In certain cases, social characteristics such as age, gender, financial level, and marital status might operate as communication impediments. Culture influences how we think and behave. It may be regarded as both shaping and being formed by our established communication habits. Communication is affected by culture in many ways, including what people say, how they say it, when they say it, where they say it, and with whom they say it.
Culture also affects how much we say. Some people like to talk a lot; others prefer to listen. Also related to what and how much to say is the issue of timing. People have different levels of patience when it comes to communicating. Some will wait until the right time comes, while others will get tired of waiting and move on. Finally, context is important. What we say depends on who is around and what type of conversation it is. If someone hears something they don't like, they might ignore you or walk away from the conversation entirely.
Social barriers to communication can arise for many reasons. For example, if one person in a relationship doesn't speak up for themselves, they are sending a message that they are not interested in having a voice in the relationship. If one person always has their needs met, then the other person won't feel comfortable bringing up concerns or issues that might need to be resolved.
Four things impact interpersonal communication: Language, belief systems, morals, viewpoint, and conventions are examples of cultural elements. Physical and social settings are examples of situational elements. Interpersonal communication is the exchange of information and feelings between people in order to create a relationship or accomplish a task.
Communication has two meanings: The first is the act of communicating, which is the flow of information from one person to another. The second meaning of communication is a representation of that act, such as a letter, email, speech, signal, note, painting, etc. The type of medium used to convey the message affects its form and content. For example, writing down your ideas allows you to organize them later while speaking allows you to express yourself more creatively.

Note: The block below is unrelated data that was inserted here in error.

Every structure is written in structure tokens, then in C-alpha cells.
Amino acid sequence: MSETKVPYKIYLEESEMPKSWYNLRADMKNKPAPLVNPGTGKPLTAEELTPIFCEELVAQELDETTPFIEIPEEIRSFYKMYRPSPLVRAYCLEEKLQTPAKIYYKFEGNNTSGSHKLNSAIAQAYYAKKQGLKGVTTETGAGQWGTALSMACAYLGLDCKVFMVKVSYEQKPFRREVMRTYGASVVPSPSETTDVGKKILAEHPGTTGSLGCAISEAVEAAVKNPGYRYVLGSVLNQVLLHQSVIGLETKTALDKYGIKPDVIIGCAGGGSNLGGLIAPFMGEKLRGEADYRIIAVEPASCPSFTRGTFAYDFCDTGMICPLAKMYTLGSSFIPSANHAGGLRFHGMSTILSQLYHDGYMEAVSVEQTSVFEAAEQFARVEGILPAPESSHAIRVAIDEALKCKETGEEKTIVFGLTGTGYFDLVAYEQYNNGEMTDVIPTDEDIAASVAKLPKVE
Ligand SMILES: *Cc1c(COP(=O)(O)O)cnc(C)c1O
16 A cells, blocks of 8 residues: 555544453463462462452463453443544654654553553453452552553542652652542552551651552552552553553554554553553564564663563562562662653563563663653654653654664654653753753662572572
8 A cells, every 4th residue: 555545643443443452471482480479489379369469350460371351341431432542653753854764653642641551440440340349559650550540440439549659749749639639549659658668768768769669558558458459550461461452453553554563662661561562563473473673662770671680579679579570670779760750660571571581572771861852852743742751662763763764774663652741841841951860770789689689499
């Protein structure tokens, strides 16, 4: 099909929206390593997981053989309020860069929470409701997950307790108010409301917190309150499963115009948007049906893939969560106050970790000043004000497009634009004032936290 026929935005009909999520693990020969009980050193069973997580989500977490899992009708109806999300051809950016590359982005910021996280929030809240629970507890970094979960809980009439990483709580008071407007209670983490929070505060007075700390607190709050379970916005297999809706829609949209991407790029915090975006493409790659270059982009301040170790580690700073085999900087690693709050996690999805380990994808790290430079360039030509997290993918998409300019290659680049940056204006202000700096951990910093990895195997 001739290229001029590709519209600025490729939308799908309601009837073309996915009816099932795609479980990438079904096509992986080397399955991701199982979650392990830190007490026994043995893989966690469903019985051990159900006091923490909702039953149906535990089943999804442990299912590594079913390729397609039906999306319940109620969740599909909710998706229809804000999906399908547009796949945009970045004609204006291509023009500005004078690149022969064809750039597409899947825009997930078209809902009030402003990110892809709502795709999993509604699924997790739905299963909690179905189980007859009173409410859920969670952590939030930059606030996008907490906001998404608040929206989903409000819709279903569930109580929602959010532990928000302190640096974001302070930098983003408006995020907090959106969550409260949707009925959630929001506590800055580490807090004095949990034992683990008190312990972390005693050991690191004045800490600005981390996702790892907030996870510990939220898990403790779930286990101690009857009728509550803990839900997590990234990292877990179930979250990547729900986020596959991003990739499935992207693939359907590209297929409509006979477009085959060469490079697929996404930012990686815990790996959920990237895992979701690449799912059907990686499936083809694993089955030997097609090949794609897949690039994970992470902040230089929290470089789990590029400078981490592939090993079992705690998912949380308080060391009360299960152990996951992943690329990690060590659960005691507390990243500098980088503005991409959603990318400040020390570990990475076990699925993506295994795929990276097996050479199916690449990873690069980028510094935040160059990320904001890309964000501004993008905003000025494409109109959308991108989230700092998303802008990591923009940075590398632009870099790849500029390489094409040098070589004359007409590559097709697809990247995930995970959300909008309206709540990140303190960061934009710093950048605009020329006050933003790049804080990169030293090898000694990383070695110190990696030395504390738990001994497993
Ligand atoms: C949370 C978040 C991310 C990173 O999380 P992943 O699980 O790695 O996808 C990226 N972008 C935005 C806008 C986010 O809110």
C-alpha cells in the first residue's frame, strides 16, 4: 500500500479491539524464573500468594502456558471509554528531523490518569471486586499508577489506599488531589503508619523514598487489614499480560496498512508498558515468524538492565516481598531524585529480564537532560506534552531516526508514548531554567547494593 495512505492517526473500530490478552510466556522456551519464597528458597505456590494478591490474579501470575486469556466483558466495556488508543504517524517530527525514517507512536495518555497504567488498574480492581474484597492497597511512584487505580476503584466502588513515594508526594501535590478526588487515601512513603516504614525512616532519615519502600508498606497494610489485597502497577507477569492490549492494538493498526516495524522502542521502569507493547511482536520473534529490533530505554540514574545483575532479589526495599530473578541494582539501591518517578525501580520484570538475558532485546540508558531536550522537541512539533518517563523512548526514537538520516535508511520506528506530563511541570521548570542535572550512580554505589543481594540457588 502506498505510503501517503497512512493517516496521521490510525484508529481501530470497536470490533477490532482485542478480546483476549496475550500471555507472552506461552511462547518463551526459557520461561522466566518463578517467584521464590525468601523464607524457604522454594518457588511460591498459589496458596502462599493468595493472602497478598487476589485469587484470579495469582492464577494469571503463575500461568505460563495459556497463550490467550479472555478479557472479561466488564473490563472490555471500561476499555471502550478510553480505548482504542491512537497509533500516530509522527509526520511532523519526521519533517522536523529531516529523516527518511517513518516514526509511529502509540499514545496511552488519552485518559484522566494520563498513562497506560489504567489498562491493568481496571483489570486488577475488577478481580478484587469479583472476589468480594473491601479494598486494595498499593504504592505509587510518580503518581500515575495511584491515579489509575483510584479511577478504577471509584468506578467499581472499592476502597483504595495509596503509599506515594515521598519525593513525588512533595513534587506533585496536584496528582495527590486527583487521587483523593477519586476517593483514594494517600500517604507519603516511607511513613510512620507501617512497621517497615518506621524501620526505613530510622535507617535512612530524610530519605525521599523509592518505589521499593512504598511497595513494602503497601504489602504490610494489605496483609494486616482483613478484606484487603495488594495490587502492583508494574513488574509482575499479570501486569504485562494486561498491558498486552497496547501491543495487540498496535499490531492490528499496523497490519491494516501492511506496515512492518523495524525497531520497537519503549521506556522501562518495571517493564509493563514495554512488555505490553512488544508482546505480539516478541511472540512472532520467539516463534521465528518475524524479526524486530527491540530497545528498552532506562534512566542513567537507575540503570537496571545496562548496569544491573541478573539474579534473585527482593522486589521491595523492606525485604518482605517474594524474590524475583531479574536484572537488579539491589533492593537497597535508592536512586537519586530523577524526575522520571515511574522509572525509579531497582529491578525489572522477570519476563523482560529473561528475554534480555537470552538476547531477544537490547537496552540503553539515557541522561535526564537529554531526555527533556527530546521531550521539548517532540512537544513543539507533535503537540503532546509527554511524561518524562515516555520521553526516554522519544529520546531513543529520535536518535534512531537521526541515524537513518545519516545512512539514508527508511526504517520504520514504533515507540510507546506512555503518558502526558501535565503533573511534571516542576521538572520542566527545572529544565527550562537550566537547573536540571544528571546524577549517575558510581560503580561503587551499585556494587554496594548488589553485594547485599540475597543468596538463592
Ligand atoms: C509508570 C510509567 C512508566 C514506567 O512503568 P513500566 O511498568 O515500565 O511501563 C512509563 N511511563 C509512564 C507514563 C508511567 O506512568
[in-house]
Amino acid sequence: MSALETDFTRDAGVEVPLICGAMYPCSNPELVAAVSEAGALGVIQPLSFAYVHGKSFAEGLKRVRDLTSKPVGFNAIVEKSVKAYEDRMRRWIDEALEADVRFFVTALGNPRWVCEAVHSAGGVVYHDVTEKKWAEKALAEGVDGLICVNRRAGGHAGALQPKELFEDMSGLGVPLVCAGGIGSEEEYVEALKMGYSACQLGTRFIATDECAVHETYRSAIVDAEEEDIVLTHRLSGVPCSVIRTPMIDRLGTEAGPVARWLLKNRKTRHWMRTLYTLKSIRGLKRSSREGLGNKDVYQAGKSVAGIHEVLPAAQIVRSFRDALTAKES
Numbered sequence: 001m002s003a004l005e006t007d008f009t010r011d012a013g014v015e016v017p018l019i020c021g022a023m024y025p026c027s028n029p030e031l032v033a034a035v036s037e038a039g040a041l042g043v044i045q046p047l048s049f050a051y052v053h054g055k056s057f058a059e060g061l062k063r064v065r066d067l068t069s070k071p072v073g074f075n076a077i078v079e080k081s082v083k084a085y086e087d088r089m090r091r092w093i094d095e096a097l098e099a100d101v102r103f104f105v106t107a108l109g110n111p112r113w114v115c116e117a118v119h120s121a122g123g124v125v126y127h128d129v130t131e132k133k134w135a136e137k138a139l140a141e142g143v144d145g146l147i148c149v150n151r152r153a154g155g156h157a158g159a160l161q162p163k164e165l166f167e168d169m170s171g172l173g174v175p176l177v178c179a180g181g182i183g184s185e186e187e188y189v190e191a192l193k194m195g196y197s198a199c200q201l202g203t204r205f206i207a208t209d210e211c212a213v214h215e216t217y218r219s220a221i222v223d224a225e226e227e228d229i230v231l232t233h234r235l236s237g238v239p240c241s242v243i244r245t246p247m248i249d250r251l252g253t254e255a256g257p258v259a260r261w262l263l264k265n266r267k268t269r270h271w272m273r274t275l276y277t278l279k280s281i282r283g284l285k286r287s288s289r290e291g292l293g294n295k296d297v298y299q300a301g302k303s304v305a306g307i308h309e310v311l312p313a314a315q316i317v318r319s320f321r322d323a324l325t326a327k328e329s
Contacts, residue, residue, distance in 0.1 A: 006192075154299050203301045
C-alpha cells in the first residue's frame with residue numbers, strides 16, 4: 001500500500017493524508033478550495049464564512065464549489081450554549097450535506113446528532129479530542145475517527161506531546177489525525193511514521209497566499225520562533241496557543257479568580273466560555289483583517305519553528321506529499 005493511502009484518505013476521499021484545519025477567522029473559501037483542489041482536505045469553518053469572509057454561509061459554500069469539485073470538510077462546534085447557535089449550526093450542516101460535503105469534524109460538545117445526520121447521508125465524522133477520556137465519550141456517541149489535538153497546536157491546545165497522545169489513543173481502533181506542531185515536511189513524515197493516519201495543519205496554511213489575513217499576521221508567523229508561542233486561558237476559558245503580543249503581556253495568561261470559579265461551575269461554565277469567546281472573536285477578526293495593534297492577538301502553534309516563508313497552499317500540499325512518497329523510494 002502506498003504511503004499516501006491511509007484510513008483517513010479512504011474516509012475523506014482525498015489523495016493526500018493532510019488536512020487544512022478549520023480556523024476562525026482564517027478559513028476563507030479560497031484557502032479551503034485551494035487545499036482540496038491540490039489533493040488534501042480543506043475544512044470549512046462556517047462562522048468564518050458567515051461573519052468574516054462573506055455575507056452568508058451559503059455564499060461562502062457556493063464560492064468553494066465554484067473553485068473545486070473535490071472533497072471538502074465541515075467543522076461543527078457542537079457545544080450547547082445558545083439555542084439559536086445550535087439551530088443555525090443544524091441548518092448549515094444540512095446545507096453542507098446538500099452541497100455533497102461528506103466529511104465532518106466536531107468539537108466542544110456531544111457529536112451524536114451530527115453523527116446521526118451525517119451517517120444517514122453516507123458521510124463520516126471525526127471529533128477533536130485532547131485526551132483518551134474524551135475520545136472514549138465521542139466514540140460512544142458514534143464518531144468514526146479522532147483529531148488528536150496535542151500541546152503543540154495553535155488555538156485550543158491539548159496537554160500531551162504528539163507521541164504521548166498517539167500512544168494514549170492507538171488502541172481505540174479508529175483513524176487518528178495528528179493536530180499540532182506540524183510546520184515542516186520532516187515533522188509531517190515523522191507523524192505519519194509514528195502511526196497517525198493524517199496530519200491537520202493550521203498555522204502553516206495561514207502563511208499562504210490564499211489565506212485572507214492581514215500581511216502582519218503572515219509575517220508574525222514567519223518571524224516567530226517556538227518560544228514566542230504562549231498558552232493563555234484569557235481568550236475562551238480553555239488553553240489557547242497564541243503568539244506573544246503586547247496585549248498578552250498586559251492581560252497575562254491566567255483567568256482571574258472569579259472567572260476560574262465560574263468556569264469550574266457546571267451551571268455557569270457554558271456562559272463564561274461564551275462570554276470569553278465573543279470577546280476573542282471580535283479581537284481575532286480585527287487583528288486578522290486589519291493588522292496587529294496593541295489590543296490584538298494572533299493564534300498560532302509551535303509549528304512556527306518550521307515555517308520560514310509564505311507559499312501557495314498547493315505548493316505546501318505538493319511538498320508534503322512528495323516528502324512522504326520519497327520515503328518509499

In general, there are five types of interpersonal communications: Oral, written, visual, auditory, and tactile. People use all five types of communication in every day life. For example, when talking with someone, they will usually start out by listening to what you have to say and then responding with words or actions.
Oral communication is using your voice to tell others about yourself and what you want them to know. You do this by speaking words into the air (audibly) or into a device like a microphone (visually).
Cultural differences result in variances in behavior and personality, such as body language, thinking, communication, etiquette, conventions, and so on, which leads to misunderstanding. Culture establishes roles. Good communication between persons from various cultures may only occur if both parties accept their differences with an open mind. Otherwise, they might just see the world through their own narrow lens.
For example, consider American sign language. In America, deaf people use ASL, which is different from deaf people's native language. So when hearing people try to communicate with deaf people, they often use gestures instead of words because they don't know what else to do. However, for a deaf person, shaking his or her head "yes" and moving it back and forth means something very different than when someone who doesn't sign hears "yes."
Even when there are no signs, many other forms of non-verbal communication are used differently across cultures. For example, Americans tend to talk more freely and openly with strangers, while Asians usually prefer to build relationships step by step.
In conclusion, cultural differences can lead to misunderstandings in communication.